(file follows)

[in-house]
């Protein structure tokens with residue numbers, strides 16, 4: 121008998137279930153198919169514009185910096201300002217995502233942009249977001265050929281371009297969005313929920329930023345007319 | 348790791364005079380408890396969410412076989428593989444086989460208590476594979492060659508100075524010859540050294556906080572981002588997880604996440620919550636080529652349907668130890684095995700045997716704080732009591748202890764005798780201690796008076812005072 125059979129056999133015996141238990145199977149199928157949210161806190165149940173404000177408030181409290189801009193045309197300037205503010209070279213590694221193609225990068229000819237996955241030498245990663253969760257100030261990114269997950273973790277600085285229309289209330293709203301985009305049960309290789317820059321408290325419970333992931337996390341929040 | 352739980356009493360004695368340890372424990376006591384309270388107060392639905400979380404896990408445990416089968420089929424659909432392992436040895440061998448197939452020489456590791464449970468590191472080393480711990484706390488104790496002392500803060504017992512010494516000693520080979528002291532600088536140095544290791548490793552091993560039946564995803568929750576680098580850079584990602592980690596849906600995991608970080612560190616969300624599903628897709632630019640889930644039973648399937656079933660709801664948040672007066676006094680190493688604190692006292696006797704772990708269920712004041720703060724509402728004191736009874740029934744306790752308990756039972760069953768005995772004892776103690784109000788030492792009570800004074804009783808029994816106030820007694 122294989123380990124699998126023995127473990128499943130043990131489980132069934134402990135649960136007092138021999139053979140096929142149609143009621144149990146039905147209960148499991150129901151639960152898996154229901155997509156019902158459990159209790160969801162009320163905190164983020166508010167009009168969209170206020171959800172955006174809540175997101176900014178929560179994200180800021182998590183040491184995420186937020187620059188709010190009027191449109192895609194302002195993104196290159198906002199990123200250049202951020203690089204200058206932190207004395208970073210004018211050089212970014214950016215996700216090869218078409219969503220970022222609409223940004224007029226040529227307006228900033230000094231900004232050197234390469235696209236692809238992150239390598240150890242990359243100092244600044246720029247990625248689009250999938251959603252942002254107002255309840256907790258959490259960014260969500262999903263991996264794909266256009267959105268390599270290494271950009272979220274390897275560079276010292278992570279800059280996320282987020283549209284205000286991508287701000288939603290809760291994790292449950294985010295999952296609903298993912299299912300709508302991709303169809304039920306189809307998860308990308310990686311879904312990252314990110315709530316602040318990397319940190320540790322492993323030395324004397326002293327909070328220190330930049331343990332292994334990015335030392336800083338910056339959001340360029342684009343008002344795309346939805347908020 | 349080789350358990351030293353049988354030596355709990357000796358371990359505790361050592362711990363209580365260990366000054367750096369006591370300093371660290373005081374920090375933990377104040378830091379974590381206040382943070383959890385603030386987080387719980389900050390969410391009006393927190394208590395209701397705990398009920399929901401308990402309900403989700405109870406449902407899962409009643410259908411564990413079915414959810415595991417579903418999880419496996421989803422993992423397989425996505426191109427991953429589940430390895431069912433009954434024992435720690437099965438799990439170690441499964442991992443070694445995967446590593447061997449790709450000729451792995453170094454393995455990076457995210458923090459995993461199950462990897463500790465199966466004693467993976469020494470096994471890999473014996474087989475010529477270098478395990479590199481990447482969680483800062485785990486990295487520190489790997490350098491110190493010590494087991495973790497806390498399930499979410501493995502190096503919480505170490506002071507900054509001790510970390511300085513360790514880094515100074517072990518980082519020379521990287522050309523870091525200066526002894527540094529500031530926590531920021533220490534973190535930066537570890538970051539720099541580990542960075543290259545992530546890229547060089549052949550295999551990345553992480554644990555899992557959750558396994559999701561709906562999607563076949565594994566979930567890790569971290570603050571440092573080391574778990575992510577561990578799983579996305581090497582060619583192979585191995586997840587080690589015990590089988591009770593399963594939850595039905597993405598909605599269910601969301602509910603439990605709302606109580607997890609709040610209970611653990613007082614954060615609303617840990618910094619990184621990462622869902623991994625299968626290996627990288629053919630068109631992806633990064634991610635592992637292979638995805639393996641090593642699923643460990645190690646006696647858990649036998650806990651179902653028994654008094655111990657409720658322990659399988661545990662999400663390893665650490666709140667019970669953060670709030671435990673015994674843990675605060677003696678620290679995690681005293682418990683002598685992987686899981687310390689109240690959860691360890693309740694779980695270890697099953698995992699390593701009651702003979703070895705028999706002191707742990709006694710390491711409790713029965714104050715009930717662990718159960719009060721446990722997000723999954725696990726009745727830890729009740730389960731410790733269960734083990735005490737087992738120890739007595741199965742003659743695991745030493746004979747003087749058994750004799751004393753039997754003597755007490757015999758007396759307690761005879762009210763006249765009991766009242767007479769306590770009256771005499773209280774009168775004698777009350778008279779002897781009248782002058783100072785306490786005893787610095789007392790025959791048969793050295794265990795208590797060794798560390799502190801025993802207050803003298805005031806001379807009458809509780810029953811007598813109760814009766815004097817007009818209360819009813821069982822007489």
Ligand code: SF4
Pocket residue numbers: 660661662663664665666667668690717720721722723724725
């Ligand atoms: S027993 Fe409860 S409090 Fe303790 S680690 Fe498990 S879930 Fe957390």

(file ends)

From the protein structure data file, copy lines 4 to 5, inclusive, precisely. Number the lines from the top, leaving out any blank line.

Pocket residue numbers: 660661662663664665666667668690717720721722723724725
């Ligand atoms: S027993 Fe409860 S409090 Fe303790 S680690 Fe498990 S879930 Fe957390």